The GCCF developed a new method for calculating subsistence claims March 28 and, after negotiations with nonprofit lawyers and community advocates, it was finalized late last week.

Most of the claims have come from Vietnamese fishers and other fishing communities such as Native Americans with a tradition of setting aside large portions of their catch for their families to consume and for gifts and bartering. But large numbers of claims also came from recreational fishers who wanted to be compensated for what they called “loss of enjoyment,” something the GCCF decided not to honor.

Subsistence claims are specifically allowed under the Oil Pollution Act, which governs oil spill damage compensation, but Feinberg’s operation had trouble calculating losses for something that isn’t generally well documented.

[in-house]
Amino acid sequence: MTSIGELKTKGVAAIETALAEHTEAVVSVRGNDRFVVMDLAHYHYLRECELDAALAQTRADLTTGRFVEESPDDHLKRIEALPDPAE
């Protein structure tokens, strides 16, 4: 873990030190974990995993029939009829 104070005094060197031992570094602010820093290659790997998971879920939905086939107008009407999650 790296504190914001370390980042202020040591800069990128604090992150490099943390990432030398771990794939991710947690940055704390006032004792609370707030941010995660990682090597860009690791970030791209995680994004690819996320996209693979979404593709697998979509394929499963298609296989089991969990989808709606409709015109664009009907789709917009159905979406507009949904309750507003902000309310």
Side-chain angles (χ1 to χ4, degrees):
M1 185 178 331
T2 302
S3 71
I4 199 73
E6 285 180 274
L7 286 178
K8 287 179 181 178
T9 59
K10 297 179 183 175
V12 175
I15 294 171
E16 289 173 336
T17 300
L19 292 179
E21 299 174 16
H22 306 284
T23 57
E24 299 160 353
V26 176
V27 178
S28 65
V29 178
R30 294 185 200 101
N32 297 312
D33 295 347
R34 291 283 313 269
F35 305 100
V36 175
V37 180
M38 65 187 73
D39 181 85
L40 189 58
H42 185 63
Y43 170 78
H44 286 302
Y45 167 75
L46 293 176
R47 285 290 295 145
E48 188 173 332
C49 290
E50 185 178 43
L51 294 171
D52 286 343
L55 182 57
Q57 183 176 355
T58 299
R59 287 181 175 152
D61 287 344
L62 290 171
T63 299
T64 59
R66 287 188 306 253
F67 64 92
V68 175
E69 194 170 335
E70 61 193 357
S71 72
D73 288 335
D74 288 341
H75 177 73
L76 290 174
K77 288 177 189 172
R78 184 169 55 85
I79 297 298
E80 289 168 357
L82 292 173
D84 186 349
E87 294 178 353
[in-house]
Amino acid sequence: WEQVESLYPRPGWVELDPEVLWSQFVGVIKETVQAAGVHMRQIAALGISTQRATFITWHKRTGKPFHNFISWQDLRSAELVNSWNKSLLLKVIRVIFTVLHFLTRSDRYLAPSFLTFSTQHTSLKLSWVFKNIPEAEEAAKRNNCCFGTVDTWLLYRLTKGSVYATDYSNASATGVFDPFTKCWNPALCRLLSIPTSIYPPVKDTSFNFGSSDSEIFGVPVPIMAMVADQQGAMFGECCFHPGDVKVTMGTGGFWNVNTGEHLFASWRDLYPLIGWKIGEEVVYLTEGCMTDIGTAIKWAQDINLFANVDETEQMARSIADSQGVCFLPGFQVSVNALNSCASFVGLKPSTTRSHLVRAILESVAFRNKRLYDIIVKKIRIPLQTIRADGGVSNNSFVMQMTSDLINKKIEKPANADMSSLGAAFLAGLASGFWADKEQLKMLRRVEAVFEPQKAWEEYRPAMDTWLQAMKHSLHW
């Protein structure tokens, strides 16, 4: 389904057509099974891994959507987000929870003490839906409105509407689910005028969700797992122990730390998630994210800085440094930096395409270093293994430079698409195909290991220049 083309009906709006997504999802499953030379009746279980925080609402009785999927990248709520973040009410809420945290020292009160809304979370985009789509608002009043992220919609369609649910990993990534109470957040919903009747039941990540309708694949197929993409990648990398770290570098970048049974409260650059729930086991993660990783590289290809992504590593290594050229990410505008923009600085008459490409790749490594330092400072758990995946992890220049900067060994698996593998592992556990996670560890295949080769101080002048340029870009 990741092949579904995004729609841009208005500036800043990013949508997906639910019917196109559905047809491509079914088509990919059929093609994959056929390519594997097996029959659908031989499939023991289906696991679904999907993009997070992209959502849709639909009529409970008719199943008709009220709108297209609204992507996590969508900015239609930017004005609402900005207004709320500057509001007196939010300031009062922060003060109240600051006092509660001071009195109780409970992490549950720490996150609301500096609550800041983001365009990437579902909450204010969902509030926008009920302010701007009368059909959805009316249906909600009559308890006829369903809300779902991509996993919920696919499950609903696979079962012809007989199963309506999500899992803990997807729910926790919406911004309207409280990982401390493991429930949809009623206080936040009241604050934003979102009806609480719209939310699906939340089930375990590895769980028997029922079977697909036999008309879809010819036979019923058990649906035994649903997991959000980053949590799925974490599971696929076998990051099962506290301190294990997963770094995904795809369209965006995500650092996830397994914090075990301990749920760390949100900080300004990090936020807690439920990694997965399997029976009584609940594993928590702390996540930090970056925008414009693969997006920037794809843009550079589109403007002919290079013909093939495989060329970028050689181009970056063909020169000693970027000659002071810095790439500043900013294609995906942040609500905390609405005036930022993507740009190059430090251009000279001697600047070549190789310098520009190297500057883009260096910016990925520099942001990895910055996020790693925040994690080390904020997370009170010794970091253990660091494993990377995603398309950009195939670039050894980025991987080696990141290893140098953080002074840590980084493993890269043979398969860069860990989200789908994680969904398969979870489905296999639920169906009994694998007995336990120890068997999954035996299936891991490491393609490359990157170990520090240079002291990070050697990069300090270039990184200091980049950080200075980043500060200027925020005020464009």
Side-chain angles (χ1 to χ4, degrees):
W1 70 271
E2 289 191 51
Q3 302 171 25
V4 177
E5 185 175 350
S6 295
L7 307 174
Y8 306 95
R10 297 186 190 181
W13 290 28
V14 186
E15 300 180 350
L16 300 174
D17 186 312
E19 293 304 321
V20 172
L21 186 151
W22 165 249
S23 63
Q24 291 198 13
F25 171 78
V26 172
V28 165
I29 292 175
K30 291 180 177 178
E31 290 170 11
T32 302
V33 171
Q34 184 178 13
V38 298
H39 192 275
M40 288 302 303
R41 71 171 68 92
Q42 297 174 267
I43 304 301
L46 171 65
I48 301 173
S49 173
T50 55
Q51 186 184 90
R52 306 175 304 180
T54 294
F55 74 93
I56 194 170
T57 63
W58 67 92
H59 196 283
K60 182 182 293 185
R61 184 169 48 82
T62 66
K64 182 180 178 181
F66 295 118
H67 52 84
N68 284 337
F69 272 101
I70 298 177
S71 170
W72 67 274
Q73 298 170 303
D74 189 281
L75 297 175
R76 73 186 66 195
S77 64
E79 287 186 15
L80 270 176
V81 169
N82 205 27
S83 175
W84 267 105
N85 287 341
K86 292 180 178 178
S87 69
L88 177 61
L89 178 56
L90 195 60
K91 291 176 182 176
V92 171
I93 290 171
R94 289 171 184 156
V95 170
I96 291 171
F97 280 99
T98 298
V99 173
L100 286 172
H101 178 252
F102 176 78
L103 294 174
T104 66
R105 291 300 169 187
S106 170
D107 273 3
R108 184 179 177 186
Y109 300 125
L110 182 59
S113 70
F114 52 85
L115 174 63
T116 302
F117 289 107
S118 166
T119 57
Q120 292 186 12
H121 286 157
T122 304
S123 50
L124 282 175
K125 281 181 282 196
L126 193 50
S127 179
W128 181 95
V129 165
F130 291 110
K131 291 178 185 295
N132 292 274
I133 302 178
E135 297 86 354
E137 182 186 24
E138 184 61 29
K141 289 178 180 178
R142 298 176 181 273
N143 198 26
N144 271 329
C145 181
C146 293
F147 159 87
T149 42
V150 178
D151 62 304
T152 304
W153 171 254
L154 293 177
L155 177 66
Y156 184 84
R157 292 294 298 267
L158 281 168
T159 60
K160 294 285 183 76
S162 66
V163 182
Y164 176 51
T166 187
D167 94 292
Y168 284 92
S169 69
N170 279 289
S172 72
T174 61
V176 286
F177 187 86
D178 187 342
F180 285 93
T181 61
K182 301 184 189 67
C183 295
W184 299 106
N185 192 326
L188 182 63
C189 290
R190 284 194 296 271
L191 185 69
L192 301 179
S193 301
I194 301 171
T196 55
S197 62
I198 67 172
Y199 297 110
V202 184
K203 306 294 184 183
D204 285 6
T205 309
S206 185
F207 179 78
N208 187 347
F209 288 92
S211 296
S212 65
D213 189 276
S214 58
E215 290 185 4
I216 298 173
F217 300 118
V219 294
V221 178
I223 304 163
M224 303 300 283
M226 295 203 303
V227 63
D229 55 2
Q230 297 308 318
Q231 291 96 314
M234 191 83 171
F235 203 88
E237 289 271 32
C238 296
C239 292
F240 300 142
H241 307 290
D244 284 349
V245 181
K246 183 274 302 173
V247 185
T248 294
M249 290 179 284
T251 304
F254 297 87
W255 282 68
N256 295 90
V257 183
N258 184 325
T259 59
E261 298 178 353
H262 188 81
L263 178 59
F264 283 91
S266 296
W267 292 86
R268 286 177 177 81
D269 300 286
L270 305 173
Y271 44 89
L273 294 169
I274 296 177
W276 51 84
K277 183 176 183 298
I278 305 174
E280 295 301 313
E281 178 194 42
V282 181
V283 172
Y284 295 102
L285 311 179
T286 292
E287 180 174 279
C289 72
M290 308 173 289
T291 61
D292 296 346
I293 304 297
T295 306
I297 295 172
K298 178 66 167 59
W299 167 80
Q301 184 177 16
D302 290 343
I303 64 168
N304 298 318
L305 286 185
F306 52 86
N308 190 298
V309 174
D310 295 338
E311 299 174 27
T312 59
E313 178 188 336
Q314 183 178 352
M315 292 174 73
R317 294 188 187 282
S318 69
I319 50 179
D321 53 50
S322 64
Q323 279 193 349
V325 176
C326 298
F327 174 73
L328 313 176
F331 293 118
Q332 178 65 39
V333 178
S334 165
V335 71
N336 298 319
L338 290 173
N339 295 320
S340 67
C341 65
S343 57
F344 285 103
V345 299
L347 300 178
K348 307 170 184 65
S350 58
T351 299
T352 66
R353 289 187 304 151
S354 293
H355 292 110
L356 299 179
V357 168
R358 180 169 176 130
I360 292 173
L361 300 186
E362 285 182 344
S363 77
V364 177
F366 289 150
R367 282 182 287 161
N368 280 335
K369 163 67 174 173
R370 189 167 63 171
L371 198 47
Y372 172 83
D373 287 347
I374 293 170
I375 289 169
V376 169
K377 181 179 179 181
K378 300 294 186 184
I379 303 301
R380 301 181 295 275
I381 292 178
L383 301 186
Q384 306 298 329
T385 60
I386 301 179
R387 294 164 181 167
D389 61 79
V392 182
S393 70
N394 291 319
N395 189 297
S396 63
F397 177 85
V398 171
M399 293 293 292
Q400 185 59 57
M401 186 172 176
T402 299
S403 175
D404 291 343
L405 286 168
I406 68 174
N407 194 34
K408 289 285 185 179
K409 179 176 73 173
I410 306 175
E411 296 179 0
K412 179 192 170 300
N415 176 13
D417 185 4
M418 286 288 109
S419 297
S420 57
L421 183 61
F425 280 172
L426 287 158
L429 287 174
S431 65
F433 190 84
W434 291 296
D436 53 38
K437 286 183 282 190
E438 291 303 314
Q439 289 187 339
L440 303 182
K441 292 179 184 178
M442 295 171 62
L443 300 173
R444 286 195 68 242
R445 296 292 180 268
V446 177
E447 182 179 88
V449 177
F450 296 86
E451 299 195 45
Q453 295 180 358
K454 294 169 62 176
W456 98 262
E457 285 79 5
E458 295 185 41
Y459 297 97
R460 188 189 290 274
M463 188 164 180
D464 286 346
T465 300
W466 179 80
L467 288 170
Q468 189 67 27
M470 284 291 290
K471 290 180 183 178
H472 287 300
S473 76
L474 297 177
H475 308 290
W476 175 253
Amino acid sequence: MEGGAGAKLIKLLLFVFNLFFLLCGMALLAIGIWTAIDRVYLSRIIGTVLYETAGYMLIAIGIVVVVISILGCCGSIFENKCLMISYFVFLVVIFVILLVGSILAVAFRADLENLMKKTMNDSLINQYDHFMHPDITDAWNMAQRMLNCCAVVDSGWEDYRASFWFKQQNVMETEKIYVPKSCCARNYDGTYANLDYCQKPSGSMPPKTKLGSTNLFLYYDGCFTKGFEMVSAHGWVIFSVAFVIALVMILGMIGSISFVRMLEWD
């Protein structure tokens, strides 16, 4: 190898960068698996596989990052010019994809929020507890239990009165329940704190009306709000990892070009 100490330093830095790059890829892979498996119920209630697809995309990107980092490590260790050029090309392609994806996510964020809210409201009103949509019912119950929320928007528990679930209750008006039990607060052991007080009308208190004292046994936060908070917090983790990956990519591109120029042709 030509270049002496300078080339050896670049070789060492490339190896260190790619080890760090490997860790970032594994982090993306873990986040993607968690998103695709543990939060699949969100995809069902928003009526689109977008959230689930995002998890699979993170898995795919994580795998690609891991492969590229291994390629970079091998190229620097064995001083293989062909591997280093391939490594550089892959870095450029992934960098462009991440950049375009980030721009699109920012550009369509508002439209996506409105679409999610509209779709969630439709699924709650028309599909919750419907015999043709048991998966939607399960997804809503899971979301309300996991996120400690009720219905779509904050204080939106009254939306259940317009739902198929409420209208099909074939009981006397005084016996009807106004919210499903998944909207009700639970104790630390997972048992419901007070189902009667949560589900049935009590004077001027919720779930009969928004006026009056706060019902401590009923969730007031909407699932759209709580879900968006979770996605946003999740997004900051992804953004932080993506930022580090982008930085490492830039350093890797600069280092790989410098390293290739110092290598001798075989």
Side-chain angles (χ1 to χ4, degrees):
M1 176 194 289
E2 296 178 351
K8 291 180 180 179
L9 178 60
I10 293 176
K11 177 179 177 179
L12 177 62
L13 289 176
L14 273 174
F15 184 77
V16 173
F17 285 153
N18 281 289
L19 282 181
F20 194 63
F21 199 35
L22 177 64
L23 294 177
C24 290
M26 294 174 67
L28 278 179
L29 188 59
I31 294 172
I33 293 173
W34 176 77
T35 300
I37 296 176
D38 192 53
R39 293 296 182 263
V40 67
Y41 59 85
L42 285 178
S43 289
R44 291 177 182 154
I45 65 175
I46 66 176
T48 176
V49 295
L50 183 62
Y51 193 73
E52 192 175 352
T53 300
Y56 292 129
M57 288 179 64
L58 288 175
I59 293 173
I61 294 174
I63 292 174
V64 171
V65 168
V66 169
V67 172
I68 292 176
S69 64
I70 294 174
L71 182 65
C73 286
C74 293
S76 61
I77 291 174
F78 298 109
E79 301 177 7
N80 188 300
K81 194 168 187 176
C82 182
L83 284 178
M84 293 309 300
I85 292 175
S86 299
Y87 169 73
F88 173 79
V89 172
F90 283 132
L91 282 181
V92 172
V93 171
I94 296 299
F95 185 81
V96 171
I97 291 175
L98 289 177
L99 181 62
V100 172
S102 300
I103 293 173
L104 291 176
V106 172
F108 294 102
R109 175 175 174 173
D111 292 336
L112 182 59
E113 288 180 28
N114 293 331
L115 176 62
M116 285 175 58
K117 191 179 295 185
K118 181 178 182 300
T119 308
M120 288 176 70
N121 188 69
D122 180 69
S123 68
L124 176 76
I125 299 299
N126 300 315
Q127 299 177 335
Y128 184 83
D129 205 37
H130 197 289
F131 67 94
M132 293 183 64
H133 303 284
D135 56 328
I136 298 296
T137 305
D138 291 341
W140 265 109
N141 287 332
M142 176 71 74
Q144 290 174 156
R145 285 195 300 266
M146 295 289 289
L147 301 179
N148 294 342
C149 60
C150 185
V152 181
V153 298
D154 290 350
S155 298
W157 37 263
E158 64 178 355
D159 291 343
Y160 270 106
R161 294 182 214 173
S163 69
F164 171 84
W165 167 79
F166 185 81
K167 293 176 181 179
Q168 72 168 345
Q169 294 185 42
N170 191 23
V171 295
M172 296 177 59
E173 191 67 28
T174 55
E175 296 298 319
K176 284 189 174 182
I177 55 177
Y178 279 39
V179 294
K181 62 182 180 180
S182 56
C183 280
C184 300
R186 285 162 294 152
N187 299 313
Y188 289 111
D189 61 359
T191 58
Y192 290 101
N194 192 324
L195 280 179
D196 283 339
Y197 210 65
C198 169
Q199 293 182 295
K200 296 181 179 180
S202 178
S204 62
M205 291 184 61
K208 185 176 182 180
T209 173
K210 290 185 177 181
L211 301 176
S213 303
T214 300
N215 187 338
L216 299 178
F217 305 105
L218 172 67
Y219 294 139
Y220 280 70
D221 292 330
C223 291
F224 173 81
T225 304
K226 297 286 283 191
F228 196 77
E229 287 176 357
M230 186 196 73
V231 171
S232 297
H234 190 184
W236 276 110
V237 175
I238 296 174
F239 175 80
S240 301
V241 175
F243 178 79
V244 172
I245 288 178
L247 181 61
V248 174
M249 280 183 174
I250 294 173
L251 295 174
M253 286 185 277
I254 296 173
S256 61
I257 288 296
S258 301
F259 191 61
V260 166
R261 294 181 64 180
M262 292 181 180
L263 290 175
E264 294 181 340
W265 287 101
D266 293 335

Oil Spill Attorneys can help you if you have a claim.

 

Tagged with:

Filed under: BP ClaimsBP Class ActionEnvironmental ImpactsFishermen BP ClaimsGCCF Denied ClaimsGCCF Final Claims: 1-800-BP-CLAIMGCCF Interim ClaimsGulf Coast Claims FacilityOil Spill AttorneysOil Spill ClaimsUnderstanding GCCF

Like this post? Subscribe to my RSS feed and get loads more!